As the construction labor market remains tight and skilled labor shortages persist, wages in construction continue to rise, often outpacing and exceeding typical earnings in other industries. According to the latest Current Employment Statistics (CES) report from the Bureau of Labor Statistics (BLS), average hourly earnings (AHE) in construction vary greatly across 43 states that reported these data.
Some of the highest AHE are recorded by states in Northeast and along the Pacific coast. As of March 2022, seven states reported average earnings, not seasonally adjusted, in excess of $40 per hour, including Massachusetts – $43.89, New Jersey – $42.17, Illinois – $41.83, New York – $41.61, Alaska – $40.67, Rhode Island – $40.26, and Washington – $40.19. At the same time, not seasonally adjusted US average hourly earnings in construction were $34.01. The overall US private sector AHE were under $32.
At the other end of the spectrum are mostly Southern states with their vast majority reporting not seasonally adjusted average hourly earnings in construction of $30 or less. The bottom ten states with the lowest AHE include eight states in the South. The lowest hourly wages are in Mississippi – $25.36, Arkansas – $26.41, followed by Idaho – $27.4 and New Mexico – $27.76. Alabama – $28.44, Texas – $28.6, Georgia – $28.71, Oklahoma – $28.86, Kentucky – $29.04, and Florida – $29.15 conclude the bottom ten hourly wages in construction list.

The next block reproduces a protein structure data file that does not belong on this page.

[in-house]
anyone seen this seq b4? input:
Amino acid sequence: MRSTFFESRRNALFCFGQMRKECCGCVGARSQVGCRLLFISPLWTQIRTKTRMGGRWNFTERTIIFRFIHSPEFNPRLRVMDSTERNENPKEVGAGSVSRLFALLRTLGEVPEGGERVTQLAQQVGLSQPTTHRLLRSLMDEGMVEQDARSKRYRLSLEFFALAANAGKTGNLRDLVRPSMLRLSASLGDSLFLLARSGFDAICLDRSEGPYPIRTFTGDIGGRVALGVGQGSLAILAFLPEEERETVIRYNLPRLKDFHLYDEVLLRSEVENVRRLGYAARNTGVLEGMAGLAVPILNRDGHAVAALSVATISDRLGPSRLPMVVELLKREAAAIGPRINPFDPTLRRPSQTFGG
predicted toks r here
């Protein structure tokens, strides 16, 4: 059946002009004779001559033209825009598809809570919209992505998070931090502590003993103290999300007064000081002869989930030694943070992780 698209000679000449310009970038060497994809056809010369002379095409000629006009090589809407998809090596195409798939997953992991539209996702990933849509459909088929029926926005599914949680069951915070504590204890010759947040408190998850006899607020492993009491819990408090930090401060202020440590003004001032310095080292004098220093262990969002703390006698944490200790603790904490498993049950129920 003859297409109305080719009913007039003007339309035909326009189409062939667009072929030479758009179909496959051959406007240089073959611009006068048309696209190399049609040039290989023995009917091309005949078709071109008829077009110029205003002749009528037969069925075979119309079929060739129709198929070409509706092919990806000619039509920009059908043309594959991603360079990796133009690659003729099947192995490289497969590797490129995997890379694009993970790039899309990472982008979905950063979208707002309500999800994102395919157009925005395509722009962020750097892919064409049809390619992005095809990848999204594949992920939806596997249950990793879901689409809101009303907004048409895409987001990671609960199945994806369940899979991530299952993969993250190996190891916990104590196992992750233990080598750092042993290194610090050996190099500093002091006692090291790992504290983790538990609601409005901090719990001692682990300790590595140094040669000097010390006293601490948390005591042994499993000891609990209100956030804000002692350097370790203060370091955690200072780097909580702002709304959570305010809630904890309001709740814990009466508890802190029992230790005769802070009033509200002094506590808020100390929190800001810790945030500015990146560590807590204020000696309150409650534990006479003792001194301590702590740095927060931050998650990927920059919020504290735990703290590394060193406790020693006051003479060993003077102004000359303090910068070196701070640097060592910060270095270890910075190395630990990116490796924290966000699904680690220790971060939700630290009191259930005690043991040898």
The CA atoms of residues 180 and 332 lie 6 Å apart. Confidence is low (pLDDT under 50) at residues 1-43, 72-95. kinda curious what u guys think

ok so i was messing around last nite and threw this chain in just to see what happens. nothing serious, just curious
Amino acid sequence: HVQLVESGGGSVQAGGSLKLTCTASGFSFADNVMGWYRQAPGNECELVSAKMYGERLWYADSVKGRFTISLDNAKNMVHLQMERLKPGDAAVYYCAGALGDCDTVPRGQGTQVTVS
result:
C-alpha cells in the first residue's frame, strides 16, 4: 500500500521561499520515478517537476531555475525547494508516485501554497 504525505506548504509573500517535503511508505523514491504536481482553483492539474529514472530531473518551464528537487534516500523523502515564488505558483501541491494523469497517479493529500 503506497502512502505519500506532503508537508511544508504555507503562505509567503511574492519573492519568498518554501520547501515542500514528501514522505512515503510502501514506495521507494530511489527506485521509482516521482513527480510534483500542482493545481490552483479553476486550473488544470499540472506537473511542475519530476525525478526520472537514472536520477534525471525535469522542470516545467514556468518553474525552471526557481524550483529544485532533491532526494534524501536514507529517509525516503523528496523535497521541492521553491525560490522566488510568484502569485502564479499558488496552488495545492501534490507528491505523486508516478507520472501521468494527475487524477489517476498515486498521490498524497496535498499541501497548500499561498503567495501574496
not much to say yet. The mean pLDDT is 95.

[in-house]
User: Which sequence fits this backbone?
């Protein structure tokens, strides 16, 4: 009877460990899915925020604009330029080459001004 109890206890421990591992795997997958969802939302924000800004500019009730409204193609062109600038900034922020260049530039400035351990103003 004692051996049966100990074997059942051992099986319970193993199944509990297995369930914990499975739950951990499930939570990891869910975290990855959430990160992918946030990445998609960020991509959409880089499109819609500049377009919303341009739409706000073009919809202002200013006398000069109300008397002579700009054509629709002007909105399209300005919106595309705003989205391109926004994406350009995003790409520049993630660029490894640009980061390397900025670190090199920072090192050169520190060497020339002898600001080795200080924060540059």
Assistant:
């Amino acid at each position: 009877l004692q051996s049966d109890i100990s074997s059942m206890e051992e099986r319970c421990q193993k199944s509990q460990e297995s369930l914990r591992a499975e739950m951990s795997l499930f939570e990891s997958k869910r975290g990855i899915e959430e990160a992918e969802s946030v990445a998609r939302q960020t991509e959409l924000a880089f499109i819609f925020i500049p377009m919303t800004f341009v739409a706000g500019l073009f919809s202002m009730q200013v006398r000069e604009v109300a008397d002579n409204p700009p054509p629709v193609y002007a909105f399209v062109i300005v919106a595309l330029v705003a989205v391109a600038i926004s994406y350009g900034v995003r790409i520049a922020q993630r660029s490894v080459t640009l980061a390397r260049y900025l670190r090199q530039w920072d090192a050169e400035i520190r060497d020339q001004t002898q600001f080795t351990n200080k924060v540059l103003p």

While differences in regional hourly rates might reflect variation in the cost of living across states, the faster growing wages are more likely to point out to specific labor markets that are particularly tight. Year-over-year, all but one state reported rising hourly wages. The only exception was Alaska where hourly rates declined 3.4%. Eight states reported the increase in hourly rates of over 10% – Oregon (14.3%), Mississippi (12.6%), North Carolina (12.5%), Virginia (11.8%), Kentucky (11%), West Virginia (10.9%), South Carolina (10.6%), New Mexico (10.4%).
On a monthly basis, the average hourly earnings grew fastest in Louisiana (3.3%), Arkansas (3%), Virginia (2.9%), South Carolina (2.4%), Alabama (2.4%), North Dakota (2.1%) and Montana (2%).